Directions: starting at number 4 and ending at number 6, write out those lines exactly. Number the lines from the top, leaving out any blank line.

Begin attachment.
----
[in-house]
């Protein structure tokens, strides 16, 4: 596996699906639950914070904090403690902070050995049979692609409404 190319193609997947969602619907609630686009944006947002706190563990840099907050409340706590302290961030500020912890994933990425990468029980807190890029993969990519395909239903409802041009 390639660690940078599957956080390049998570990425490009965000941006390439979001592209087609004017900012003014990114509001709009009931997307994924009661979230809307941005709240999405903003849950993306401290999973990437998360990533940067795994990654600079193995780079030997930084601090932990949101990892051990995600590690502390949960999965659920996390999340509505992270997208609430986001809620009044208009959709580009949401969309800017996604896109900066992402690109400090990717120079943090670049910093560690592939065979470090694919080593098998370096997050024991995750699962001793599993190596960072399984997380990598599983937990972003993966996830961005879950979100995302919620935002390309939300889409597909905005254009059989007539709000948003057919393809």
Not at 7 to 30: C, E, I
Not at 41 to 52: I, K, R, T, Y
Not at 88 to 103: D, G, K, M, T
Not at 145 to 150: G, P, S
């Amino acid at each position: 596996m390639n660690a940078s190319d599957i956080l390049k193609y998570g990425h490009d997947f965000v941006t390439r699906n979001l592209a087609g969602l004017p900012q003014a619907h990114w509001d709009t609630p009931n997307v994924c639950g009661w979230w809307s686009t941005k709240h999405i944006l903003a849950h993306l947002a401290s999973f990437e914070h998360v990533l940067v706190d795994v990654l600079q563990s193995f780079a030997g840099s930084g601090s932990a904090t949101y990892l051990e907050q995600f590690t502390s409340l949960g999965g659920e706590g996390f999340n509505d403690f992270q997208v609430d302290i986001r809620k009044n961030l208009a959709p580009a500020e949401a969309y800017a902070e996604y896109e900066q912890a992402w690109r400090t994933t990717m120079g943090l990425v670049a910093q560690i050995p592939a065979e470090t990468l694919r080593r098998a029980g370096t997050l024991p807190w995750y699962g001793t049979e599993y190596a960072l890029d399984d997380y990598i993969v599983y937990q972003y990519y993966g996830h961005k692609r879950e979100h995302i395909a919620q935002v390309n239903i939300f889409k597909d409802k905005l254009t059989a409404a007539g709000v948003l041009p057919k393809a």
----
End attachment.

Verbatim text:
Not at 41 to 52: I, K, R, T, Y
Not at 88 to 103: D, G, K, M, T
Not at 145 to 150: G, P, S